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Yosemite National Park Continues to Manage Meadow Fire

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avatar Yosemite National Park Continues to Manage Meadow Fire
July 17, 2004 12:58PM
<HTML>uly 16, 2004
For Immediate Release

Yosemite National Park Continues to Manage Meadow Fire

Yosemite National Park experienced widespread lightning activity over the week of June 27th. Currently, nine lightning-caused fires are burning in the park. One of these fires, the Meadow Fire, is just south of the Glacier Point Road near the Mono Meadow trailhead. It experienced sudden growth on Tuesday, July 13th. The fire is currently estimated at 3,000 acres.

The Meadow Fire is being managed as a fire use fire for resource benefit. Fire use projects are allowed to burn and spread naturally when they do not threaten people or property. A national fire use team is in the park to analyze this wilderness fire&#8217;s ecological benefits as well as evaluate predicted fire behavior and smoke impacts.

Fire is a natural ecological process that plays an important role in shaping and restoring the park's ecosystems. However, aggressive containment action will be taken on the northern flank of the fire to prevent its further spread toward the Glacier Point Road and the Yosemite Valley southern rim, and to reduce smoke in Yosemite Valley.

Visitors to the park should expect smoky conditions that may impact their experience in the park. Yosemite Valley, particularly in the night and morning, will see smoke that will impair views of the valley. Smoke in the valley should lift by the afternoon.

While Yosemite National Park remains open through all park entrances, there are several closures in effect. Every effort is being made to open roads and trails as soon as possible.

Roads
Glacier Point Road beyond Bridalveil Creek Campground

Trails
All trails in the Illilouette Creek basin from Buena Vista Lake and Merced Pass to the top of Nevada Fall.
Panorama Trail, between Glacier Point and Nevada Fall.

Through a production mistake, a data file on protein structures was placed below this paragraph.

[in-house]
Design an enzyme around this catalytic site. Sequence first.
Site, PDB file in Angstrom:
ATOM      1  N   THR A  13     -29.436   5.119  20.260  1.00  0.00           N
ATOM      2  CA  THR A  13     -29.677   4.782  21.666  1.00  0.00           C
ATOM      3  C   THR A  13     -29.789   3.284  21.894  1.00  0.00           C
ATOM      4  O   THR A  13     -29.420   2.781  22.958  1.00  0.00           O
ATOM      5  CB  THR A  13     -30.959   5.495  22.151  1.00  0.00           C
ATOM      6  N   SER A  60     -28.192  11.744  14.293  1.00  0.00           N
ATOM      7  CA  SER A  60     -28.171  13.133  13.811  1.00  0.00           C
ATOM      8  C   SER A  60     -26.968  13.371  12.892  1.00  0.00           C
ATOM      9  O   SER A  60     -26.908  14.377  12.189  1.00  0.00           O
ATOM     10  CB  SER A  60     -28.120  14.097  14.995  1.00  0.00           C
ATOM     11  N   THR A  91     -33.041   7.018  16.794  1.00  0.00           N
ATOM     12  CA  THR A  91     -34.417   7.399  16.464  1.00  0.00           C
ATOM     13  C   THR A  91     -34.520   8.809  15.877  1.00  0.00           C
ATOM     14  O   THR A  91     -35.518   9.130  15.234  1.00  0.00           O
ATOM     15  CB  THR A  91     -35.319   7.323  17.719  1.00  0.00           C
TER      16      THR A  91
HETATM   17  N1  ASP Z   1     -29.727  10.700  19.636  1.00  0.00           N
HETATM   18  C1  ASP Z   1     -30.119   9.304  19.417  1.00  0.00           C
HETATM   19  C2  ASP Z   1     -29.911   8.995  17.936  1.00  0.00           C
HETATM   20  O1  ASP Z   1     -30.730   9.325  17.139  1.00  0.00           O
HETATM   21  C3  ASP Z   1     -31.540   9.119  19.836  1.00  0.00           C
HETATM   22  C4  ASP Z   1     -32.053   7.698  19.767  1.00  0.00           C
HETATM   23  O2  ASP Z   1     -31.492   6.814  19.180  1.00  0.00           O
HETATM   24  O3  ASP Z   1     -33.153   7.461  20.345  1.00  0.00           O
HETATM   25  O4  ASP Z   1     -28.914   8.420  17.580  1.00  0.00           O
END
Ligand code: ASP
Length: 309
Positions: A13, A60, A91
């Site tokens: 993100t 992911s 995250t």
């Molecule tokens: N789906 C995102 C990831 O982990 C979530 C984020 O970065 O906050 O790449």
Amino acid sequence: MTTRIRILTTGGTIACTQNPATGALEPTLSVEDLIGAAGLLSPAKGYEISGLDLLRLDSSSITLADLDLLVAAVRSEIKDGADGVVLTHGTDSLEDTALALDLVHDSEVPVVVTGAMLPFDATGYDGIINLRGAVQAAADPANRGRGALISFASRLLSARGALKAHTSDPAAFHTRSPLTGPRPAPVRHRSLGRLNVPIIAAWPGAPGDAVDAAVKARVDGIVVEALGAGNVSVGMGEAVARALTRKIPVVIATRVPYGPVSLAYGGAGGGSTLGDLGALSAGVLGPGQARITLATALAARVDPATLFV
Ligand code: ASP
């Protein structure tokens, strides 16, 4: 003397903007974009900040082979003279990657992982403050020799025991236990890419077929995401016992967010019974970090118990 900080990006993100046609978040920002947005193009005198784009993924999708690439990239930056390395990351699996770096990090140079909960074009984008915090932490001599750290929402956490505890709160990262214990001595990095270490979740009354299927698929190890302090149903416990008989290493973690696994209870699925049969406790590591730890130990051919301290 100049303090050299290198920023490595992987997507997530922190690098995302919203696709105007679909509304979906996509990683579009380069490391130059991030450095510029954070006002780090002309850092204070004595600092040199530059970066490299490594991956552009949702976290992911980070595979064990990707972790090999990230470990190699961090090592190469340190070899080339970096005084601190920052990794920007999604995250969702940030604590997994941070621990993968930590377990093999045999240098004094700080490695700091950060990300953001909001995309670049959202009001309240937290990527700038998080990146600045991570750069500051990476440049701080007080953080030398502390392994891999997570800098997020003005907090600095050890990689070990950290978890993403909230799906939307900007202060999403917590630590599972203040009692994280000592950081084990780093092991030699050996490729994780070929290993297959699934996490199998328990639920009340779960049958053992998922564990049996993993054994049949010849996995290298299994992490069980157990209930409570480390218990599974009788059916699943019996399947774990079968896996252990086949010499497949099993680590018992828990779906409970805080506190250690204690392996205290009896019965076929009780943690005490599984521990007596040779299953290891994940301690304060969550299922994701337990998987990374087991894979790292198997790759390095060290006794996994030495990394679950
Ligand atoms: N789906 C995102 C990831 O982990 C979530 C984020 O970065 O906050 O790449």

Four Mile Trail.
Pohono Trail between McGurk junction and Glacier Point.
The John Muir Trail beyond Nevada Fall.
All trails that access Half Dome, Little Yosemite Valley, and Clouds Rest.

Backcountry Campground
Little Yosemite Valley Backpacker&#8217;s Campground was evacuated Wednesday (7/14) as a precautionary measure. The closure of this campground will remain in effect until further notice.

Open trails include the Mist and John Muir trails from Yosemite Valley to the top of Nevada Fall, the Yosemite Falls trail and access to the High Sierra Camps from the Tioga Road.

Park visitors may consider areas in the park such as Tuolumne Meadows/Tioga Pass and the Mariposa Grove of Giant Sequoias /Wawona where smoke impacts are not so great.

Park fire resources are committed to this fire as well as four handcrews, a strike team of engines, a fire use team, and four helicopters from other agencies. Approximately 250 personnel are dedicated to the Meadow Fire.

Fire is an essential, natural process in the Sierra Nevada. Over the past century, fire suppression has altered historic fire cycles, leading to a dangerous build-up of vegetation in our wildlands. One way for Yosemite National Park to restore healthy conditions and protect communities from catastrophic fire is to take advantage of some natural fires.

Visitors should expect localized smoke. Visitors with respiratory conditions should avoid smoky areas and vigorous activity is not recommended where heavy smoke is present. The fire management team is attentive to the public&#8217;s concerns about smoke impacts to health, visibility, and experiencing the park. The team&#8217;s management of the fire considers reducing smoke impacts to the visitor.

-NPS-</HTML>

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